Despite its name, the EU-US Privacy Shield agreement announced this week has more to do with shielding U.S. companies from EU legal enforcement action than shielding EU users from privacy violations. And with many European privacy advocates predicting the agreement will fail to pass court scrutiny, the legal limbo over transfers of EU data to the United States could drag on.
Safe Harbor, the previous data transfer agreement, was struck down last October after an EU court ruled it violated European data protection rules. Two days after the deadline for crafting a replacement had passed, American and European negotiators announced a political agreement that would allow U.S. companies to continue to legally transfer personal information and data about European users and store it on U.S. servers.
The text of the agreement has not been published -- European privacy agencies have demanded more detail by the end of the month -- but negotiators said it includes stronger obligations on U.S. companies that handle European data.
U.S. companies wishing to import personal data from Europe will need to commit to robust obligations on how personal data is processed and individual rights are guaranteed. The Department of Commerce will monitor that companies publish their commitments, which makes them enforceable under U.S. law by the US. Federal Trade Commission.
Again, details about those "robust obligations" have not been revealed.
While U.S. companies -- especially tech giants like Google, Microsoft, and Facebook, which rely heavily on the easy flow of data -- are primarily concerned with reestablishing a legal framework for data transfers, the real issue for Europeans is mass surveillance by government.
U.S. spying has been a contentious issue for European citizens ever since Edward Snowden revealed the extent of NSA surveillance -- and tech companies' compliance. But the agreement's negotiators claim to have established safeguards and transparency over government access to data.
For the first time, the US has given the EU written assurances that the access of public authorities for law enforcement and national security will be subject to clear limitations, safeguards and oversight mechanisms. These exceptions must be used only to the extent necessary and proportionate. The U.S. has ruled out indiscriminate mass surveillance on the personal data transferred to the US under the new arrangement. To regularly monitor the functioning of the arrangement there will be an annual joint review, which will also include the issue of national security access.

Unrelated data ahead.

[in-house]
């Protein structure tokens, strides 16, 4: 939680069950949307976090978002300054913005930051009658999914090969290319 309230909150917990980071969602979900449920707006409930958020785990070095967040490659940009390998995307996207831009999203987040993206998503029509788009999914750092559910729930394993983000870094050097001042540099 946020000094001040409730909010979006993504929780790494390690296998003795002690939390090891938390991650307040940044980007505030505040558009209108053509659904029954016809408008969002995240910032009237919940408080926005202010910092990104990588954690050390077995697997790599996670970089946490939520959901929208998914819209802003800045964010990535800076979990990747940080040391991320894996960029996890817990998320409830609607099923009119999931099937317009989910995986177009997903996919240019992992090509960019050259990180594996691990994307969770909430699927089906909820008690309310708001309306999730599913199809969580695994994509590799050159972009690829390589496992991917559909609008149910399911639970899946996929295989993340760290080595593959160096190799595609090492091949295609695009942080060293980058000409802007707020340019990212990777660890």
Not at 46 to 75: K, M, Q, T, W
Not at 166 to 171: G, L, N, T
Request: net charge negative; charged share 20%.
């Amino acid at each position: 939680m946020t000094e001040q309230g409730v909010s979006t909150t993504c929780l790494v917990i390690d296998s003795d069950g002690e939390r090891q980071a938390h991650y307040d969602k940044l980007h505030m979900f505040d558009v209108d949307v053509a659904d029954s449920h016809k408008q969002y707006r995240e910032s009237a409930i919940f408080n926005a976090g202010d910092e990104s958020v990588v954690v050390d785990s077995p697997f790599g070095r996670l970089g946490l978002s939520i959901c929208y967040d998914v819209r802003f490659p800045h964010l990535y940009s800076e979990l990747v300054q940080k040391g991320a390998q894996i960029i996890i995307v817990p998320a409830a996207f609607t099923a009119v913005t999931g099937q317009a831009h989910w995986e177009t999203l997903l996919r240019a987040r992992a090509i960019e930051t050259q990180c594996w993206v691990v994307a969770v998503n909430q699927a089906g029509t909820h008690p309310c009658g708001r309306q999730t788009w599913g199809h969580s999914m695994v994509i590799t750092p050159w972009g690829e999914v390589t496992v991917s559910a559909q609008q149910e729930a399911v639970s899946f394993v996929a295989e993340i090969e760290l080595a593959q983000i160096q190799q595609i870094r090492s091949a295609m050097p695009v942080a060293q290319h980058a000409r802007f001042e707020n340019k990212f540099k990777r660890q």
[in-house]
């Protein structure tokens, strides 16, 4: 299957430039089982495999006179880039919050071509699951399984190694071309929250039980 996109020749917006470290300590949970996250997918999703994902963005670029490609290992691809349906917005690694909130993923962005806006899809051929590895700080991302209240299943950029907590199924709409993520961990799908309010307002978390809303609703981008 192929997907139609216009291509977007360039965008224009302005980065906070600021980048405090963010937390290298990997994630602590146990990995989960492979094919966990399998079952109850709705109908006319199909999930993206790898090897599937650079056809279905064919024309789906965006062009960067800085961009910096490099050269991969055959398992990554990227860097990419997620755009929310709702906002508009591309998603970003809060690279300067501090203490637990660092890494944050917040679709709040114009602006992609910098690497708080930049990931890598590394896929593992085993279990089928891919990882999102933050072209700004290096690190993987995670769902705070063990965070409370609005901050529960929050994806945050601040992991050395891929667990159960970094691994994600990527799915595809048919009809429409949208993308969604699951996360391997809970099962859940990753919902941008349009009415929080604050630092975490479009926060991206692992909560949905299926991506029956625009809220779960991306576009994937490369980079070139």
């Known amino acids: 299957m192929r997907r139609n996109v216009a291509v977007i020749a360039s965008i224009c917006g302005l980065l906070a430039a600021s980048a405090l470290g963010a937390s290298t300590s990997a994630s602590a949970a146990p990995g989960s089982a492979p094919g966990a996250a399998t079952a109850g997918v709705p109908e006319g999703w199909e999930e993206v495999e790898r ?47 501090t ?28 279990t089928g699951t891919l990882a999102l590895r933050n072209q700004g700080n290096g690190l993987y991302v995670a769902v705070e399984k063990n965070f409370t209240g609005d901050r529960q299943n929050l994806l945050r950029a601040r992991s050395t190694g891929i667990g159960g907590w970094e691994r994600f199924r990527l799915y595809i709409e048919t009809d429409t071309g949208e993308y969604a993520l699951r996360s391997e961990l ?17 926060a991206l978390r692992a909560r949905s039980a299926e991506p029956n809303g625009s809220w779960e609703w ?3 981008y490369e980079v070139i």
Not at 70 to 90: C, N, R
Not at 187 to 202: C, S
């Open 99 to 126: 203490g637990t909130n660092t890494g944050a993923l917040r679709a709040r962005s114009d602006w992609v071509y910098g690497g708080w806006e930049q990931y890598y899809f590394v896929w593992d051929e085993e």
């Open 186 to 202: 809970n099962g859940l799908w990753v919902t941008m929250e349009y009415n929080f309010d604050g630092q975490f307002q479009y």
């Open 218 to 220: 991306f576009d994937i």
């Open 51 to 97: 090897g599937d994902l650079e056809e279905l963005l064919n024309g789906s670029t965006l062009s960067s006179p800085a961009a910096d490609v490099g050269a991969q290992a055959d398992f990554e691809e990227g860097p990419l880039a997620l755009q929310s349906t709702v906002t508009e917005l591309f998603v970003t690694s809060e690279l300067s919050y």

While the new agreement pays lip service to the idea of protecting personal data from surveillance, "it's a promise without any possible weight behind it," said Steve Hunt, an industry analyst with Hunt Business Intelligence. Such an agreement "would require policy and oversight that extends far beyond traditional government reach" and would be "so costly and difficult that it would be practically impossible."
The prospect of getting legal redress in the United States is also an iffy proposition. "Republican insistence on exceptions for what they see as U.S. national security interests could complicate compliance even further," the Chicago Tribune points out. "Republican senators are looking to insert a provision that would oblige the Attorney General to certify whether a country whose citizens will have redress don't have policies that endanger U.S. national security."
Not to mention that "we all know how good the NSA is at hiding what it's actually doing from oversight bodies," TechDirt writes. "[By] focusing the agreement on how to allow data transfers without actually tackling how to stop mass surveillance is inevitably a fake solution."
Several privacy groups have called on the United States to improve its privacy laws to match those in Europe. "The problem is that the U.S. remains unchanged," said Marc Rotenberg, president of the Electronic Privacy Information Center.
Max Schrems, whose complaints about Facebook's handling of personal data ultimately brought down Safe Harbor, was skeptical Privacy Shield would withstand legal challenge: "The [European] Court has explicitly held that any generalized access to such data violates the fundamental rights of EU citizens. [And] the Commissioner herself has said this form of surveillance continues to take place in the US."
European data protection authorities also have doubts about Privacy Shield. "We have concerns, in particular with the scope of the surveillance and the remedies," said Isabelle Falque-Pierrotin, France's privacy chief.
Ultimately, EU-US Privacy Shield is what Computerworld calls a win-win in diplomatic terms: "The EU gets a solemn promise of privacy protections, which its voters want. And the U.S. gets no delays in data transfers, which U.S. companies want."
It remains to be seen whether European privacy advocates -- and courts -- will be content with a lose-win in reality.